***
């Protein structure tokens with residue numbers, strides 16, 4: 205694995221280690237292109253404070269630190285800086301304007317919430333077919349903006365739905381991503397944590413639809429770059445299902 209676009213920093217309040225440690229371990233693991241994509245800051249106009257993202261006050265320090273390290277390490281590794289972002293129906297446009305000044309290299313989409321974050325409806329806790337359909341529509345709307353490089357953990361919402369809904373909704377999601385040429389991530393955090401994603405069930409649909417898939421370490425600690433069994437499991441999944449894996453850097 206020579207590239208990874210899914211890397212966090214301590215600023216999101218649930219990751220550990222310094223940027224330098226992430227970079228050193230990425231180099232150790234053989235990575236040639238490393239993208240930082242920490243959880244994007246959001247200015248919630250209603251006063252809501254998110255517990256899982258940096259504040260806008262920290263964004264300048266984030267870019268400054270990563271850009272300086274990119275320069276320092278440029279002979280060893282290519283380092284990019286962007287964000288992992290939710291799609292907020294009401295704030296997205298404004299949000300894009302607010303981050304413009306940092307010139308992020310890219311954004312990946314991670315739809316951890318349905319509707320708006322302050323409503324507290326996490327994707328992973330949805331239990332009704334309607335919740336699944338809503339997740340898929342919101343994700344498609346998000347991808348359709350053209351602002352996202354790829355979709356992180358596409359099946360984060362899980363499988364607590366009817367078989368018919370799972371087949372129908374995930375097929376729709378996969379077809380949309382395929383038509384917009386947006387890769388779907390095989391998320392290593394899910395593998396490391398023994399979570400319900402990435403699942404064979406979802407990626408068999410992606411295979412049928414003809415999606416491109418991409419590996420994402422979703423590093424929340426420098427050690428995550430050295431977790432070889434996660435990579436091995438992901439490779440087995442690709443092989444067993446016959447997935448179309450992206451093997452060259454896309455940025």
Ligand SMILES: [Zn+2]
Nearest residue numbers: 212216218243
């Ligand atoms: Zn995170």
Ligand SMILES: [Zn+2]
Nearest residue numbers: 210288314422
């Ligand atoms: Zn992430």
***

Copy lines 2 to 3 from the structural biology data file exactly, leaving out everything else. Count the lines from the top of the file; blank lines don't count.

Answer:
Ligand SMILES: [Zn+2]
Nearest residue numbers: 212216218243